In Baghdad, where MSF has been present since January, the team visited 16 hospitals and 11 primary health care centers, as well as the ambulance service a number of times. A surgical team worked in Al Kindi hospital during the war, and assisted the Al Zafarania hospital just after the end of the fighting. MSF also donated medical and surgical supplies to 10 hospitals and the ambulance service. None of these hospitals are fully functional, and many have to deal with security problems, shortage of staff, sporadic electricity, lack of medical equipment and some specific drugs. Painkillers, vaccines, lab tests, anaesthesia, sutures, dressing material are some of the items urgently required. Some hospitals are overcrowded and cannot treat patients and wounded in hygienic or sterile conditions. In many hospitals, salaries are no longer being payed.
Overall, the team classifies the problems as follows:
1) The US has given priority to efforts and concerns in building administration, forgetting to organize immediate assistance to the wounded. It also failed to provide timely security for hospitals and medical staff.
2) Emergencies were treated too late and patients discharged too early - There is no proper emergency transport, the phone service is disrupted so that people cannot call for emergency transport to hospitals. People wounded in the war were often discharged from hospitals during the anarchy of the first days of US occupation. Many of these people don't know where to go to receive follow-up treatment for their often serious injuries, including amputations. Since hospitals are still not fully functioning, patients continue to be discharged early.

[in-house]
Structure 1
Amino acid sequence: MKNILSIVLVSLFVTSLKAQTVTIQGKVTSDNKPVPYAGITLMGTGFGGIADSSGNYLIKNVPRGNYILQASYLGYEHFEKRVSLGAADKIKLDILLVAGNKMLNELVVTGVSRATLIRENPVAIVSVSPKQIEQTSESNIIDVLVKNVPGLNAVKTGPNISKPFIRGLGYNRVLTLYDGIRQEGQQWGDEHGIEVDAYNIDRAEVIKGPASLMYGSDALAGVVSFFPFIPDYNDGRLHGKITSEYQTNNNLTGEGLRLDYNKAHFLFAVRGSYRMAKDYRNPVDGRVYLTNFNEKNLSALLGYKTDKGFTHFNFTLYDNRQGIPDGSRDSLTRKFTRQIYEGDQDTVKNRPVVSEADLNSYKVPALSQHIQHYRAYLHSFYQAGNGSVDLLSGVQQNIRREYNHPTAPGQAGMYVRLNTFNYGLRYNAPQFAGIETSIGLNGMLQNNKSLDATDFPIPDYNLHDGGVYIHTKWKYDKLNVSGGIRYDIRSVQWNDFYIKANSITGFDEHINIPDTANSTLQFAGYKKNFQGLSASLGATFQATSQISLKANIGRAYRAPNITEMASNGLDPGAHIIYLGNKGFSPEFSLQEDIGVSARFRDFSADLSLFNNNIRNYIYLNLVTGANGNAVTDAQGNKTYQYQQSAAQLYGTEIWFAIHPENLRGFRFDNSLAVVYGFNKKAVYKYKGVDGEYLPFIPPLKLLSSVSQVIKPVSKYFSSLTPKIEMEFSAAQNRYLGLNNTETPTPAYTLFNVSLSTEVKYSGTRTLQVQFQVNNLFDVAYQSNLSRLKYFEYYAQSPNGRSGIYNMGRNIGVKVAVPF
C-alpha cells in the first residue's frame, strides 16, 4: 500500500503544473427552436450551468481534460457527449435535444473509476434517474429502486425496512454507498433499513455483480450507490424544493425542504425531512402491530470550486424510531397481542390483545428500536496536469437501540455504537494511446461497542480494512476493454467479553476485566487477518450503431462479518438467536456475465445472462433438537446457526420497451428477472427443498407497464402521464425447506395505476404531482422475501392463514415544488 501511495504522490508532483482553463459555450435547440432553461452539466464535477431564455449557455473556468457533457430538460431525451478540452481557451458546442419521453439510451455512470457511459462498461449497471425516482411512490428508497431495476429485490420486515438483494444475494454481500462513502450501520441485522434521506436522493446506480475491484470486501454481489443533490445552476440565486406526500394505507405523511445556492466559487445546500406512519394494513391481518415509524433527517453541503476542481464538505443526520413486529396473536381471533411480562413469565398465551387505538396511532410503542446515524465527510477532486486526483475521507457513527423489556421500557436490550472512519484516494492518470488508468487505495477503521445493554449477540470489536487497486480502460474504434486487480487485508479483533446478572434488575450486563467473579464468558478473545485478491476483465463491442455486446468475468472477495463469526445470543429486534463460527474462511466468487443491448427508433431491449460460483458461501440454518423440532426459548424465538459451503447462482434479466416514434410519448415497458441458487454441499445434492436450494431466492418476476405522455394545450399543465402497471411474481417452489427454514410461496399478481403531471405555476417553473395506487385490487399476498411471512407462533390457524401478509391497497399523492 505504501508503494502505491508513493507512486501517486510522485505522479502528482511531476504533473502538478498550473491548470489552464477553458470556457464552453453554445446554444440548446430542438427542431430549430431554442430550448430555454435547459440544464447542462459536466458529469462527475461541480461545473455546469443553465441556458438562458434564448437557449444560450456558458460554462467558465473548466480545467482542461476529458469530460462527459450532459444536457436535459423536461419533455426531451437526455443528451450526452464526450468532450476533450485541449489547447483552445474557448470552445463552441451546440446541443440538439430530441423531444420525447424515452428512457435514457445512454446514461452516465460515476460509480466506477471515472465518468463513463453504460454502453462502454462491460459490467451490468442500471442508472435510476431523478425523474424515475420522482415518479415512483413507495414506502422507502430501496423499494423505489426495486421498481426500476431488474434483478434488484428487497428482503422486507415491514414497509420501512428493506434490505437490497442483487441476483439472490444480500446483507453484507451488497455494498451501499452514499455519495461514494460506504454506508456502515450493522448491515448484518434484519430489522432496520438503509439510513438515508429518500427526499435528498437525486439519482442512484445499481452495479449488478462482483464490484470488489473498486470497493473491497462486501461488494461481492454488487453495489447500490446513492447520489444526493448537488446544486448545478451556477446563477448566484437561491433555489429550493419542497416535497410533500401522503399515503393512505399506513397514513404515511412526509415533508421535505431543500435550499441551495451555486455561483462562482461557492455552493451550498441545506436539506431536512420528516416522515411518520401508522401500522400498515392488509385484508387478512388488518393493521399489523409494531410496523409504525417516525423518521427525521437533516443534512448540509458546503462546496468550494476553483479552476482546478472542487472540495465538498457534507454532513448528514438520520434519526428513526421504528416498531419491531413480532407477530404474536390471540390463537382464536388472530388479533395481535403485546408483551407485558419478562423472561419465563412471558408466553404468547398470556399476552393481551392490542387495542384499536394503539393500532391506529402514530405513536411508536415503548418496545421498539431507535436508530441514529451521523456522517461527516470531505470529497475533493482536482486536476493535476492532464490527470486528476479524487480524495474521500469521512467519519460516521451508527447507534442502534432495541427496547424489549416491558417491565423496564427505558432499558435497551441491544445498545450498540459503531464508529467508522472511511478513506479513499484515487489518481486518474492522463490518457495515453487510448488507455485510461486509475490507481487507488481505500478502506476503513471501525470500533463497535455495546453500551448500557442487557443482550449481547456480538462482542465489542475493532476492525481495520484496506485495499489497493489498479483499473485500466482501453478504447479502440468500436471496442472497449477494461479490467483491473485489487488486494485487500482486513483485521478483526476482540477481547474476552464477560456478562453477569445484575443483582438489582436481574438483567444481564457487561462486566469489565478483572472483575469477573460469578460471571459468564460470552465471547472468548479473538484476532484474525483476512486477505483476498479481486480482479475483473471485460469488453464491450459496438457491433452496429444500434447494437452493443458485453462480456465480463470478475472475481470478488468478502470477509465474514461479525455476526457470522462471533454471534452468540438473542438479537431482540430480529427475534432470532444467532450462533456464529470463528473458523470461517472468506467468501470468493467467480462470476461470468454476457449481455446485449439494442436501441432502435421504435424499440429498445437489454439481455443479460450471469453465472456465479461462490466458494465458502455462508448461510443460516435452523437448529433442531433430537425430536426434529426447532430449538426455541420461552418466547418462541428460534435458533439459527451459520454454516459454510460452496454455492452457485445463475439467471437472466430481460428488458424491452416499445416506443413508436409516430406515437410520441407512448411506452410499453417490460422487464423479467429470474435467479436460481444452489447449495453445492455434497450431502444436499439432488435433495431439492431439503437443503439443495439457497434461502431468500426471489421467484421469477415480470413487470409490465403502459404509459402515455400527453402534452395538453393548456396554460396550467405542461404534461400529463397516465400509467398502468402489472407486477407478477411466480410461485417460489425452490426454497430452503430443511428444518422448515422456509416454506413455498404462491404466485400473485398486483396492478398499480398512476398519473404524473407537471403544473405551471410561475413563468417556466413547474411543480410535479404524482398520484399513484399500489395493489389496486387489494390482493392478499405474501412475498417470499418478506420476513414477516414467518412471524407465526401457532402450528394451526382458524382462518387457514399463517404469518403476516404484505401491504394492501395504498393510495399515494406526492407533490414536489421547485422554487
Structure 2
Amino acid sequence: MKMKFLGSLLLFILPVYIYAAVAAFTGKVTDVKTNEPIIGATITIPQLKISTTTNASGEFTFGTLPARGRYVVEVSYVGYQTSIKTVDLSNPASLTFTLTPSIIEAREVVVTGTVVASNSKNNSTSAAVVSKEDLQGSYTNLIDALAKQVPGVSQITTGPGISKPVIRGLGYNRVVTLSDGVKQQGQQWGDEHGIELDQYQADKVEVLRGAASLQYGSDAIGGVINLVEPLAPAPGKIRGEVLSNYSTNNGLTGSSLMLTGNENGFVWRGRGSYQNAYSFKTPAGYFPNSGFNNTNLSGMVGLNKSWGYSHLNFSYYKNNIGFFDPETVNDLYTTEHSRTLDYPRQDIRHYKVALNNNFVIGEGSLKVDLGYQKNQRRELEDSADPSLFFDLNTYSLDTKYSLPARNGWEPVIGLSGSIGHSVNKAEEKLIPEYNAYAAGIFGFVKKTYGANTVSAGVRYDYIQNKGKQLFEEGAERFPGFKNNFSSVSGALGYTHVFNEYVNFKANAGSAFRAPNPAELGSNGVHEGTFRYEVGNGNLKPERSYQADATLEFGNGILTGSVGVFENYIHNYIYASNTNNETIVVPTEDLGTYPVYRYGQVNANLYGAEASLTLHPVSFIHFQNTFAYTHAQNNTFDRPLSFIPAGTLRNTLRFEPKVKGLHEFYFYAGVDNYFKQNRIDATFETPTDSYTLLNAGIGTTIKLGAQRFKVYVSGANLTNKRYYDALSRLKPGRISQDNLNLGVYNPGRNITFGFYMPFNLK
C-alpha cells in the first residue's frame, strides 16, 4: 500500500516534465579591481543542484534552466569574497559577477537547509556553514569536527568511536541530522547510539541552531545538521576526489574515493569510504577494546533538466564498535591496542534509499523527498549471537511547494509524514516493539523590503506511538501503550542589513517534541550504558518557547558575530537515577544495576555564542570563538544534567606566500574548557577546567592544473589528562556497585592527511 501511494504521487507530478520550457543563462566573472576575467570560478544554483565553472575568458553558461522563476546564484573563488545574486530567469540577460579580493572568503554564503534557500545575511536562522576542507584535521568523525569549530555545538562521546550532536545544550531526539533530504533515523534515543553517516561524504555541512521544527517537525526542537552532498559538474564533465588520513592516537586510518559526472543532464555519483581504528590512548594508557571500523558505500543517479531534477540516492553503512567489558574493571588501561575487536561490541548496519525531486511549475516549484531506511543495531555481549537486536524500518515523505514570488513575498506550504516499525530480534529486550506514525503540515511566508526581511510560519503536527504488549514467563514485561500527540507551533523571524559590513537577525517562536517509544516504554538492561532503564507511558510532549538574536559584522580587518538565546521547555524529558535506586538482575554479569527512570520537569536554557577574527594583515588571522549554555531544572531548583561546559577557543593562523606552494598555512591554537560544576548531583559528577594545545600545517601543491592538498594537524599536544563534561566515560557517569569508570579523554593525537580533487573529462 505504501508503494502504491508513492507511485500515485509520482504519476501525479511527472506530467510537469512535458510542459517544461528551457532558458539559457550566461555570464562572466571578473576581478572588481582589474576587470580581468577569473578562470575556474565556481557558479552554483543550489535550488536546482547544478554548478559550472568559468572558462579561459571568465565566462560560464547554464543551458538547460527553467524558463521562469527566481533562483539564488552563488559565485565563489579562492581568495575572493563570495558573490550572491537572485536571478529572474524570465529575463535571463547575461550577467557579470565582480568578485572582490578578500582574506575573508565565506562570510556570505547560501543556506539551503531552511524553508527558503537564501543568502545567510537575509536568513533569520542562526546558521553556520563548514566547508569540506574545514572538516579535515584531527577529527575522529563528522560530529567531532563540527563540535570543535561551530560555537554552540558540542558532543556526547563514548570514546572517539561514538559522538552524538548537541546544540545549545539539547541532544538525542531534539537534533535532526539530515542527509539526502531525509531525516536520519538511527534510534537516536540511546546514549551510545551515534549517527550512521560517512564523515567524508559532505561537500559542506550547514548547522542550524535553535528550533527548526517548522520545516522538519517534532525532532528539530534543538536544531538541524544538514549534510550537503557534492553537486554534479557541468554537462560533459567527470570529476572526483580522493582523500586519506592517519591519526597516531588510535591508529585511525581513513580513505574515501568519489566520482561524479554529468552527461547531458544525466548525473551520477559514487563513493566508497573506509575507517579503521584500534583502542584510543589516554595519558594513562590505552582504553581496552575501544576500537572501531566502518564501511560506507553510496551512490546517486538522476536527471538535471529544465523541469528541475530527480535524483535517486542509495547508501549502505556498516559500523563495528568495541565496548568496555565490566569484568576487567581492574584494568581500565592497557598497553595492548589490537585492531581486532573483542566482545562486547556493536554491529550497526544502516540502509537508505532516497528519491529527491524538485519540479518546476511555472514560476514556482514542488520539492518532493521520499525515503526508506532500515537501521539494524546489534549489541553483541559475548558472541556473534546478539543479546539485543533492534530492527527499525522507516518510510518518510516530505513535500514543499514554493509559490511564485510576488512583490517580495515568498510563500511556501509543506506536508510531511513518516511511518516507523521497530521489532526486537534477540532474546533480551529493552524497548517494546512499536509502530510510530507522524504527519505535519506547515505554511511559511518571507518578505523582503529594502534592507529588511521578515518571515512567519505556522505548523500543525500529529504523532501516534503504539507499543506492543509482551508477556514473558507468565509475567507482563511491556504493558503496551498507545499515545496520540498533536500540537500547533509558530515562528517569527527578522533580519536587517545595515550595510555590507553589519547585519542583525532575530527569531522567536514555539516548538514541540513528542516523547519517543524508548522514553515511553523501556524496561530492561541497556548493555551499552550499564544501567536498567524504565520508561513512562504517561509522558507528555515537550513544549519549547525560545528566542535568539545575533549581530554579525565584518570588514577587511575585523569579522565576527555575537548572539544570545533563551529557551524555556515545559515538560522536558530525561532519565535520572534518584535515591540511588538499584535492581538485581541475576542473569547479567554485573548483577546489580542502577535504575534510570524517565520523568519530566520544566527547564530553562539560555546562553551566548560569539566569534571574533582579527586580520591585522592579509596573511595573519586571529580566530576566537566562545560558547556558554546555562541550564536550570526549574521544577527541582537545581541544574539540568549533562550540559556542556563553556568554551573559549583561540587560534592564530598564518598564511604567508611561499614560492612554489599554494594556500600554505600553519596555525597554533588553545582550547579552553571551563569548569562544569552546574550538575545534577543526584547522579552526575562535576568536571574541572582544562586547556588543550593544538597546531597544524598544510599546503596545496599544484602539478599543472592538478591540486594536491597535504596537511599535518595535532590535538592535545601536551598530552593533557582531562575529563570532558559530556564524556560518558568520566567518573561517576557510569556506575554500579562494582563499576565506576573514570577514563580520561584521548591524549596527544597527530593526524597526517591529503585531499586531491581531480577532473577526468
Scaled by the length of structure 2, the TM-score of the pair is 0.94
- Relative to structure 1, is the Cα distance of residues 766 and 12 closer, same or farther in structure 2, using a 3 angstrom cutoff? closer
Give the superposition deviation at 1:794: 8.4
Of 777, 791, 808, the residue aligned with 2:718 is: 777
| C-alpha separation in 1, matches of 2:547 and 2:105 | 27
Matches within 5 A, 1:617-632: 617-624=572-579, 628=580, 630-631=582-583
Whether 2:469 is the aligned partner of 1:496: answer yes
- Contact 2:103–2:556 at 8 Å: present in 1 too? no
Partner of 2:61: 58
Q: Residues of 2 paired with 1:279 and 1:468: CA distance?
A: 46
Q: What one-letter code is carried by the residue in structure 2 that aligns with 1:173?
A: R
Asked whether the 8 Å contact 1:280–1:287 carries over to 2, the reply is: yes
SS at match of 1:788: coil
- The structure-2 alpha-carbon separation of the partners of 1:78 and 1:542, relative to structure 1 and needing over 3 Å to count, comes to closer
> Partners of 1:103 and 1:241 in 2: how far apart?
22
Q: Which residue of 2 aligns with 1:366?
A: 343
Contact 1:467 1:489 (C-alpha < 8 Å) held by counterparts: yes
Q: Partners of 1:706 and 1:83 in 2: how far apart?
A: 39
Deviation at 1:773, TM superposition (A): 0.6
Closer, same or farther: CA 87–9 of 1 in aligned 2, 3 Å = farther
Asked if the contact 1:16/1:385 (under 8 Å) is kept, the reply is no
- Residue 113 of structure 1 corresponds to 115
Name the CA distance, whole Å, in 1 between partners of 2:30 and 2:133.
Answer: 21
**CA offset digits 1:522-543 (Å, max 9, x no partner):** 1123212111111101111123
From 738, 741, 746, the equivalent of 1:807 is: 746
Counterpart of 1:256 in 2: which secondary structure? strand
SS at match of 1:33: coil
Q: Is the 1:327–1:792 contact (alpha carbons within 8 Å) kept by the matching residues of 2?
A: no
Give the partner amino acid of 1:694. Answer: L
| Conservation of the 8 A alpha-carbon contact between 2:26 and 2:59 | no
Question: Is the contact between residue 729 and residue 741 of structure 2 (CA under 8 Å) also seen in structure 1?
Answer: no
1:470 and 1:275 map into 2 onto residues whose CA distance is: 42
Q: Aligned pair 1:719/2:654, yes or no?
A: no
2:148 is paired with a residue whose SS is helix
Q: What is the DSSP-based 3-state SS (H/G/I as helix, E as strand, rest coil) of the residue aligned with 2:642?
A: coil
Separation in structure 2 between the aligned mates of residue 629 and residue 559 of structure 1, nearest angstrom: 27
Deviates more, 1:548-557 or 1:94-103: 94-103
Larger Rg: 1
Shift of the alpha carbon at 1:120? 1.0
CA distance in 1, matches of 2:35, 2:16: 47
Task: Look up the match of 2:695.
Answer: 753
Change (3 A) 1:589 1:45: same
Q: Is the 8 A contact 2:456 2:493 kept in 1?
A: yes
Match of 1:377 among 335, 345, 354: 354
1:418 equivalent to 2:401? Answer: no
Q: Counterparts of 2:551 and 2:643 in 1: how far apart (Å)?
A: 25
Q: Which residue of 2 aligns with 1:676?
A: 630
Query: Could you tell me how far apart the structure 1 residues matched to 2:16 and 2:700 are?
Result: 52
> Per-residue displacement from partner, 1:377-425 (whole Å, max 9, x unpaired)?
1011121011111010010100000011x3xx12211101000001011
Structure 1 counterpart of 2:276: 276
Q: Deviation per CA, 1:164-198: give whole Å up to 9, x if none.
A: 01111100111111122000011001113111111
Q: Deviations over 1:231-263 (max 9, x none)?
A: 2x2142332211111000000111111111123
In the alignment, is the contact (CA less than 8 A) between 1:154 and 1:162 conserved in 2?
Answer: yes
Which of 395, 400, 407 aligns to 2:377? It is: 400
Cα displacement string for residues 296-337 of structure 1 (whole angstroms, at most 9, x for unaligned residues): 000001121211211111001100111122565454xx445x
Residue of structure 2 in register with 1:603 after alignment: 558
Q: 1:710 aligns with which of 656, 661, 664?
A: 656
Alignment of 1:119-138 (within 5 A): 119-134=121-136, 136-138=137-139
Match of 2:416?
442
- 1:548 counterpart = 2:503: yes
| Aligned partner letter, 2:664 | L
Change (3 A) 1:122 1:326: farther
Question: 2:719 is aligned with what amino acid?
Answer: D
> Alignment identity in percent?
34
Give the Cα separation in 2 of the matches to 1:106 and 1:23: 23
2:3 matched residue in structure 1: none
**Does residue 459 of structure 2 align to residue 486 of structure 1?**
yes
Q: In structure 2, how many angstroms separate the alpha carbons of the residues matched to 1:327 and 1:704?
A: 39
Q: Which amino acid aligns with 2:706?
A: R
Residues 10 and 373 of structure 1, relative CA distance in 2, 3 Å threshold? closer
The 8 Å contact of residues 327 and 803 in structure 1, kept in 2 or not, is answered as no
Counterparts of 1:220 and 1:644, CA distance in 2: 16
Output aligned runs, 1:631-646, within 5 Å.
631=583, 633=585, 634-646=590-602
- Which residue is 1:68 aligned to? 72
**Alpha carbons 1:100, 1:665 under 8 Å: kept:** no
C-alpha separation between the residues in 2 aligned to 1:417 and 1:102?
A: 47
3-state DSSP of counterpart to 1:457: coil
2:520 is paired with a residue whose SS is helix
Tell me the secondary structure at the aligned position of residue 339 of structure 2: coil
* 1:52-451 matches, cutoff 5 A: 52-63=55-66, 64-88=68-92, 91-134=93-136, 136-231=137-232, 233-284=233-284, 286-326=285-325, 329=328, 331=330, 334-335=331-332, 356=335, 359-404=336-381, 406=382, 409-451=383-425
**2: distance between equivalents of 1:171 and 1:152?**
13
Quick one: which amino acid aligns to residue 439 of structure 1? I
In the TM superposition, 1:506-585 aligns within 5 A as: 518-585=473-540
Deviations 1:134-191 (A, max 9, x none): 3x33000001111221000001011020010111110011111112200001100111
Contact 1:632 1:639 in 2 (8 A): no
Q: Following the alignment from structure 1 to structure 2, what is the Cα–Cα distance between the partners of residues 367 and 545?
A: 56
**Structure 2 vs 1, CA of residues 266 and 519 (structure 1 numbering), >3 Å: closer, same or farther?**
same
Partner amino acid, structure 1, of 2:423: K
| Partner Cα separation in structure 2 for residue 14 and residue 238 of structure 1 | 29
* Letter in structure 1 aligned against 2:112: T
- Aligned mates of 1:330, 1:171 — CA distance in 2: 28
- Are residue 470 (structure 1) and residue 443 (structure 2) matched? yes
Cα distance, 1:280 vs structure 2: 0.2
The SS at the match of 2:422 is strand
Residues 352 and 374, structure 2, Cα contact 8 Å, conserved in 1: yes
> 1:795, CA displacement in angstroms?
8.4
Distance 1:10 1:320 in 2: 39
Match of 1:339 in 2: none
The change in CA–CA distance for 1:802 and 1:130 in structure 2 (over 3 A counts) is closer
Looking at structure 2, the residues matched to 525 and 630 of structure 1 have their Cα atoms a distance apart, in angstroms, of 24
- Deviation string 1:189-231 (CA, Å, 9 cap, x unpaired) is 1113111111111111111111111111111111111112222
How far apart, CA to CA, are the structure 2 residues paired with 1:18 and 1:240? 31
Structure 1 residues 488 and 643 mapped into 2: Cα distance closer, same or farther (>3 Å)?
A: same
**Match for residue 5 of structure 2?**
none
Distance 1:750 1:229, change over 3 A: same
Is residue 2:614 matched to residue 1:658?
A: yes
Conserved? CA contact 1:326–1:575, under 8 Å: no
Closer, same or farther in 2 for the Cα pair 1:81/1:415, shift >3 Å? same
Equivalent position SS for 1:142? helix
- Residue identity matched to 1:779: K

3) Risks of epidemics - In some of the overcrowded neighbourhoods of Baghdad, the hygienic situation is significantly increasing the risk of epidemics. An early warning system is not in place.
4) Quality of health care is substandard - With limited nursing staff, disorganized hospitals, and far from ideal hygienic conditions, the treatment of patients remains problematic and the risk of infections is high.
5) No supply of drugs - Supply through the Ministry of Health remains disrupted. Many hospitals will have consumed their stocks within the coming days and weeks. Some medicines for chronic pathologies are missing altogether and sufferers of chronic conditions such as diabetes, kidney disease, and epilepsy have nowhere to refill their medication.
Although MSF has not yet detected signs of epidemics or acute malnutrition, it is clear from our assessments throughout the country that urgent medical needs are not being addressed. The disorganization in hospital administration is posing a threat to public health. The United States-led coalition has failed to take up its responsibility to ensure that the health and well-being of the Iraqi people was prioritised from the start. Although MSF has tried to fill gaps in medical assistance in Baghdad and elsewhere in the country by providing medicines, supplies, and assistance where necessary, a lack of clear lines of authority in Iraqi hospitals has so far made it impossible for MSF teams to do much more. Awaiting the outcome of power struggles and current negotiations regarding the set up of public services, it was extremely difficult to come to an agreement with the management of several hospitals where clear needs were observed. At present, MSF is intent on keeping a presence in Iraq until medical needs are being addressed adequately by the appropriate authorities and will continue to provide urgent medical assistance where possible. Currently MSF has 31 international aid workers in Iraq and surrounding countries.